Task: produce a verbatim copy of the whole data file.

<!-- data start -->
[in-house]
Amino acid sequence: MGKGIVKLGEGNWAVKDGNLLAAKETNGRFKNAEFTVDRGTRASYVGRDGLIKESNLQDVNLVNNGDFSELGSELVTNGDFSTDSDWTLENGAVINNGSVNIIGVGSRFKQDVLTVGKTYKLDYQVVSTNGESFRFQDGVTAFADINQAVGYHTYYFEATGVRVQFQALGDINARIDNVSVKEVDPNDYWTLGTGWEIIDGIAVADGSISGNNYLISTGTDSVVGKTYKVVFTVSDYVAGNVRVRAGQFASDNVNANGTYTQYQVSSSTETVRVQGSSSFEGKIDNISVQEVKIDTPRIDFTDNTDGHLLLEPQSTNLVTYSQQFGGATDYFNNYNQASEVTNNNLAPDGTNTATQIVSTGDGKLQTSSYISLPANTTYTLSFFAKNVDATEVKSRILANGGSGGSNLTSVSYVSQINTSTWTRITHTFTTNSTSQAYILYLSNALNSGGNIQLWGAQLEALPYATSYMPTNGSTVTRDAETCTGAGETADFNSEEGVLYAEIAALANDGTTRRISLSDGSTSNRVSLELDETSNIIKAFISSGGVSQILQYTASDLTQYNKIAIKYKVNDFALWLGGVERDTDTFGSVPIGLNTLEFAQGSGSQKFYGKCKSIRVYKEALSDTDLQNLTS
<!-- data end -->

[in-house]
Amino acid sequence: MGKGIVKLGEGNWAVKDGNLLAAKETNGRFKNAEFTVDRGTRASYVGRDGLIKESNLQDVNLVNNGDFSELGSELVTNGDFSTDSDWTLENGAVINNGSVNIIGVGSRFKQDVLTVGKTYKLDYQVVSTNGESFRFQDGVTAFADINQAVGYHTYYFEATGVRVQFQALGDINARIDNVSVKEVDPNDYWTLGTGWEIIDGIAVADGSISGNNYLISTGTDSVVGKTYKVVFTVSDYVAGNVRVRAGQFASDNVNANGTYTQYQVSSSTETVRVQGSSSFEGKIDNISVQEVKIDTPRIDFTDNTDGHLLLEPQSTNLVTYSQQFGGATDYFNNYNQASEVTNNNLAPDGTNTATQIVSTGDGKLQTSSYISLPANTTYTLSFFAKNVDATEVKSRILANGGSGGSNLTSVSYVSQINTSTWTRITHTFTTNSTSQAYILYLSNALNSGGNIQLWGAQLEALPYATSYMPTNGSTVTRDAETCTGAGETADFNSEEGVLYAEIAALANDGTTRRISLSDGSTSNRVSLELDETSNIIKAFISSGGVSQILQYTASDLTQYNKIAIKYKVNDFALWLGGVERDTDTFGSVPIGLNTLEFAQGSGSQKFYGKCKSIRVYKEALSDTDLQNLTS